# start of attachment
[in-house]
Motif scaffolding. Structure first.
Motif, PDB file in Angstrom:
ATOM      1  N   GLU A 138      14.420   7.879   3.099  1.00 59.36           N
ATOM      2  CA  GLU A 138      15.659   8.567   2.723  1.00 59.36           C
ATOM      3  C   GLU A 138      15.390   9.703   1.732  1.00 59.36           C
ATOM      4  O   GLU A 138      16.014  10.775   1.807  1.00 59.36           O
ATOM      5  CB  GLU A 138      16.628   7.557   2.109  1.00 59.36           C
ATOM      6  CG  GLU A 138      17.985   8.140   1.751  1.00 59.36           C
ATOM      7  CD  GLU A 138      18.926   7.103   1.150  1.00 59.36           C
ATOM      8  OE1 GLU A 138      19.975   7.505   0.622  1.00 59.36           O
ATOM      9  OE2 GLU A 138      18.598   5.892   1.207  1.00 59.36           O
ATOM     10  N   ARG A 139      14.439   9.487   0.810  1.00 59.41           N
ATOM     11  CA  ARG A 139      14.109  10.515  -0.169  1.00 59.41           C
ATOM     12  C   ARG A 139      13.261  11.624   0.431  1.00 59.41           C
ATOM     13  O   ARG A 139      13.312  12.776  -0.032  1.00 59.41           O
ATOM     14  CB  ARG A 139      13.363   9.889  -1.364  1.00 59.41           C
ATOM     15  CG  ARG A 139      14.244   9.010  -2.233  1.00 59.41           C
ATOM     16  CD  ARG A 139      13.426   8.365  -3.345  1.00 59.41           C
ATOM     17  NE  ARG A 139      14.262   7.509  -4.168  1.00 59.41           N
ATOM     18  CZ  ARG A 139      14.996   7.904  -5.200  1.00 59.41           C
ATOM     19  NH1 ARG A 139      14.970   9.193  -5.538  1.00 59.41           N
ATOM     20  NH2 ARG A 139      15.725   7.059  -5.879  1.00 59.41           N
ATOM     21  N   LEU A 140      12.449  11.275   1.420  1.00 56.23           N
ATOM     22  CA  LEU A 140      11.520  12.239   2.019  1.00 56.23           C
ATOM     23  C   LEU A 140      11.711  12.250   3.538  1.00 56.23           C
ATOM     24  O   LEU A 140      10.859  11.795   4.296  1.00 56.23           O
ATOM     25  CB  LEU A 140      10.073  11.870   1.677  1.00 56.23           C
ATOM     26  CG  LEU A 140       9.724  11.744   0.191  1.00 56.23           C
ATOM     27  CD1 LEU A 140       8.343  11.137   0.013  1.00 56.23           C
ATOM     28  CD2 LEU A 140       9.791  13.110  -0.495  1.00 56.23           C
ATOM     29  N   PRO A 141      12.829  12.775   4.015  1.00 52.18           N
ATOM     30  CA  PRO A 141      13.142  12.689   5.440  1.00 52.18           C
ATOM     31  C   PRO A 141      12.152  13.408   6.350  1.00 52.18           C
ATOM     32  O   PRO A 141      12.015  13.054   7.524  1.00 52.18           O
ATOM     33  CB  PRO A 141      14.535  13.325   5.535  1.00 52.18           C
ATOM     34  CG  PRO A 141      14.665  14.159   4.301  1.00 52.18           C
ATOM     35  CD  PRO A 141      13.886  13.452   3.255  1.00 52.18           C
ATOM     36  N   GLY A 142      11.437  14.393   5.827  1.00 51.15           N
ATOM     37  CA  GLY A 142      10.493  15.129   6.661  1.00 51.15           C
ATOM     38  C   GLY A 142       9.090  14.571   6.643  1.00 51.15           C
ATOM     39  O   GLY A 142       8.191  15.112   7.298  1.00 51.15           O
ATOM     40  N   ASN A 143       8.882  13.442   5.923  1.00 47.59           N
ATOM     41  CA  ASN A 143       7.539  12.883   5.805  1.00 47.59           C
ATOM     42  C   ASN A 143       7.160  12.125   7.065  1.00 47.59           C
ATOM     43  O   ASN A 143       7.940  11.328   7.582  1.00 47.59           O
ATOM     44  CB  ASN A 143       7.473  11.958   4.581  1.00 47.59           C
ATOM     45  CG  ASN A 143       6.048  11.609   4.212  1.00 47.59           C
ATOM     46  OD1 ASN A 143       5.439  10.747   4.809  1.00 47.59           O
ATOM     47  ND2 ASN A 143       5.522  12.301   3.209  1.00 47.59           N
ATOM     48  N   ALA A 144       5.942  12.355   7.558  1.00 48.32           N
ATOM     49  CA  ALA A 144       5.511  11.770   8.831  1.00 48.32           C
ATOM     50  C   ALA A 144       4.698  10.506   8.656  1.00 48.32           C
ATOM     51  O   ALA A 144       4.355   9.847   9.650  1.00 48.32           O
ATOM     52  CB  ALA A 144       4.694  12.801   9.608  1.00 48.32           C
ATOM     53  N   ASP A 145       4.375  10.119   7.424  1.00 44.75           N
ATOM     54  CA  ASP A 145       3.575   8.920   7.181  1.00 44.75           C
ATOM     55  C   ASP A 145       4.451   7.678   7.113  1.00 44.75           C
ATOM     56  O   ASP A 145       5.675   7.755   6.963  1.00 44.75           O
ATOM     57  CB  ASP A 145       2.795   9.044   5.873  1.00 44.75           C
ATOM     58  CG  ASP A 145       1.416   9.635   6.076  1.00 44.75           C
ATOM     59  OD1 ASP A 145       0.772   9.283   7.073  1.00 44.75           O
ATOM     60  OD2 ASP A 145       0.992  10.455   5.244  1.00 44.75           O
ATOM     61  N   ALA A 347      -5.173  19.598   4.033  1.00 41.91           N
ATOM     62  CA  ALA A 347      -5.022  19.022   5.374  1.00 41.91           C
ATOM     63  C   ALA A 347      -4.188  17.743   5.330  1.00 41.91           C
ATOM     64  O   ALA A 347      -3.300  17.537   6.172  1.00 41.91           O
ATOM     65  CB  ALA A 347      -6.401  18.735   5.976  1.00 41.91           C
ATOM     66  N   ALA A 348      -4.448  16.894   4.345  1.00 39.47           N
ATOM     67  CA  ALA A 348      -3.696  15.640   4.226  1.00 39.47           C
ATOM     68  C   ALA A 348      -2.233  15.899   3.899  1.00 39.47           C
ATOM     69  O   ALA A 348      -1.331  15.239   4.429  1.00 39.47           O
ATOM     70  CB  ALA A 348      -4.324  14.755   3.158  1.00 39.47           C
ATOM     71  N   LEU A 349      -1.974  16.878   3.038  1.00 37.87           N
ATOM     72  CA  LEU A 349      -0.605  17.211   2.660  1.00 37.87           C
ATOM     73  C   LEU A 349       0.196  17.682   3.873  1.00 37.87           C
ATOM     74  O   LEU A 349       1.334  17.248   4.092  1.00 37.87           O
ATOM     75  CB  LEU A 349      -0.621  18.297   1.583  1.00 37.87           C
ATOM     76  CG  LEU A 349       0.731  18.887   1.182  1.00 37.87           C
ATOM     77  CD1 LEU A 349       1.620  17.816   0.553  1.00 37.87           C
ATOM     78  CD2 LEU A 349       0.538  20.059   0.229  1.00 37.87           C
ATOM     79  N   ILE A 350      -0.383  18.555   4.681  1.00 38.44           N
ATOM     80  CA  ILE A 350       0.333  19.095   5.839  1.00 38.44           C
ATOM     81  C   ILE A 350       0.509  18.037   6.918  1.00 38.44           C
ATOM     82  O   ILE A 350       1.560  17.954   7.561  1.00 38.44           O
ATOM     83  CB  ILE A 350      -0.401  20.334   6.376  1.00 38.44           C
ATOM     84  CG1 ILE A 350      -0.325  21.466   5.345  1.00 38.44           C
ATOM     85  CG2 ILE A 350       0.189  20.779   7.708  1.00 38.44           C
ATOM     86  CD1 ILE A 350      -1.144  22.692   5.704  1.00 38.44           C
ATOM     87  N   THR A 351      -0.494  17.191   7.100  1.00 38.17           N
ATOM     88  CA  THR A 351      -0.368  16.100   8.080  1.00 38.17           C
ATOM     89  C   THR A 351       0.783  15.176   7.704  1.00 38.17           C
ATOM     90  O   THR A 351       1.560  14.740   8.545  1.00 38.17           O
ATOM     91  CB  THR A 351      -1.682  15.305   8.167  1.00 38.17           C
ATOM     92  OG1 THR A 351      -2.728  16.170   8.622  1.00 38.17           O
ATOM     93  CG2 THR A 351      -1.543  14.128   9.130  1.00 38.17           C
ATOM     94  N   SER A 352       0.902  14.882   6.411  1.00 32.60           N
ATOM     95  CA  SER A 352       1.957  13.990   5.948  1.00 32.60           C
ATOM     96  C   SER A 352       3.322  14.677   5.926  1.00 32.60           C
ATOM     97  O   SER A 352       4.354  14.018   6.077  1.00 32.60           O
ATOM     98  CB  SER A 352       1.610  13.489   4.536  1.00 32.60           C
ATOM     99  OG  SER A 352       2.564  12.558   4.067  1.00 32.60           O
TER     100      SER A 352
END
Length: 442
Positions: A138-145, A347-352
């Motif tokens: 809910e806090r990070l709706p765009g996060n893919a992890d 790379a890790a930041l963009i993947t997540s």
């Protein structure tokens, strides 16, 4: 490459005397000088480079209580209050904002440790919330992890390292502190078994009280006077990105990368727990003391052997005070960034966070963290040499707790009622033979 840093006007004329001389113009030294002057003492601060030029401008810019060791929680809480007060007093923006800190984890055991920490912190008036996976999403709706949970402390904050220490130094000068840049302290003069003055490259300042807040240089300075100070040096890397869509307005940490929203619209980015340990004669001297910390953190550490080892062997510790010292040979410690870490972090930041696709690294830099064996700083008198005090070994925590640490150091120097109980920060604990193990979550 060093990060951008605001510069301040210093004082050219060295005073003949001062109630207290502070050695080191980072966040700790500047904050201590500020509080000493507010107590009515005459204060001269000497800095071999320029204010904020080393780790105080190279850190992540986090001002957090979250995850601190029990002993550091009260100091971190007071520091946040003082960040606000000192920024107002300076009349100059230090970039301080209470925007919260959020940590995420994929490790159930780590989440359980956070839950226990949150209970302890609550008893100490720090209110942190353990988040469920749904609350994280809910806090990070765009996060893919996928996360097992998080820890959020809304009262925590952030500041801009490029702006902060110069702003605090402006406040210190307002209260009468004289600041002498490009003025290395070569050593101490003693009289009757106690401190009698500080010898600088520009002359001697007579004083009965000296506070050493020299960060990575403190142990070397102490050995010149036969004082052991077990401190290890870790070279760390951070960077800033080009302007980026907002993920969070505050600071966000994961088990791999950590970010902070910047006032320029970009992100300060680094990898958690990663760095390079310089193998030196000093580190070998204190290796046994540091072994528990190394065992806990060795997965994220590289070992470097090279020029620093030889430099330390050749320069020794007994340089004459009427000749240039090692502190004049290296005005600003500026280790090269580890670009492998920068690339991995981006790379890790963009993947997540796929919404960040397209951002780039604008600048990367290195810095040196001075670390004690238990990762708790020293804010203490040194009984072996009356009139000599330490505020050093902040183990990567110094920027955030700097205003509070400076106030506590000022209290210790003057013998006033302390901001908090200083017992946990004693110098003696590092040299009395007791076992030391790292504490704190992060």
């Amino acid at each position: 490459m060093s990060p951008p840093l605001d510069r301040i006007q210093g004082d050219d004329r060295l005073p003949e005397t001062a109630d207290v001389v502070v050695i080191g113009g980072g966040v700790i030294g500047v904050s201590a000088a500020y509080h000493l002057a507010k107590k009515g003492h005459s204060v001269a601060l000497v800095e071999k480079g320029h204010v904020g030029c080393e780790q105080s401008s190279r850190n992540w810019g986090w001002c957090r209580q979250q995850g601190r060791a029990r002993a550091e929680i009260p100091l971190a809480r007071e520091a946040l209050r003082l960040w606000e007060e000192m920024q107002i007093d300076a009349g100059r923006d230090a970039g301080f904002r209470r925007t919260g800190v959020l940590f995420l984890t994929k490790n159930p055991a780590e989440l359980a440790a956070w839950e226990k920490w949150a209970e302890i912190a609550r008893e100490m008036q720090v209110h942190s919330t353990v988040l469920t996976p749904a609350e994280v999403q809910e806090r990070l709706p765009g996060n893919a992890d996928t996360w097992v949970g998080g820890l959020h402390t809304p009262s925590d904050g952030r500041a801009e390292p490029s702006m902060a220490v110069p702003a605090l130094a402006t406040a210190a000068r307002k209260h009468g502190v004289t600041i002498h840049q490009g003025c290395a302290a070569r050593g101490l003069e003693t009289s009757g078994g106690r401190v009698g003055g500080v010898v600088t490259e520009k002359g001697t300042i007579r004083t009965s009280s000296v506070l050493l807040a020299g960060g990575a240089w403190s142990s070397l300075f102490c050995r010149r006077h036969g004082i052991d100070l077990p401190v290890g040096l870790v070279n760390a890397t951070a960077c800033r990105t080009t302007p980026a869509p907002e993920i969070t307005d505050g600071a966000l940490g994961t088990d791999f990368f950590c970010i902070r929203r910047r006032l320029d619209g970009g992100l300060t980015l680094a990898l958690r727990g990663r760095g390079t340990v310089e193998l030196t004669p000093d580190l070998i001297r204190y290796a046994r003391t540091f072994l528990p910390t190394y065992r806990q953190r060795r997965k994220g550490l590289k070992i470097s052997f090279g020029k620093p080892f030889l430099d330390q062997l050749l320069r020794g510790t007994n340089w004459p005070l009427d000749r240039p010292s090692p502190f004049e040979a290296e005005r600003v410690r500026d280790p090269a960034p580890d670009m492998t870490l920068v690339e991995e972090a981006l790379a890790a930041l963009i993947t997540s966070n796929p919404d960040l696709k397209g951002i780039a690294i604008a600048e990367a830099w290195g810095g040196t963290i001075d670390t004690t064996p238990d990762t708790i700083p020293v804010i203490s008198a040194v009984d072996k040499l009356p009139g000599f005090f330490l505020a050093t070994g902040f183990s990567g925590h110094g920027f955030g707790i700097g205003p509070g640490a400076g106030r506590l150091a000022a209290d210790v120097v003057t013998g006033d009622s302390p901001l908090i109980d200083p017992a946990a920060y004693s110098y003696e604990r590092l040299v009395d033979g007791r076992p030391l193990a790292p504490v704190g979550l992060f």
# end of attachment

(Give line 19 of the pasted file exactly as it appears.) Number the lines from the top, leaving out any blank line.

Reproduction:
ATOM     16  CD  ARG A 139      13.426   8.365  -3.345  1.00 59.41           C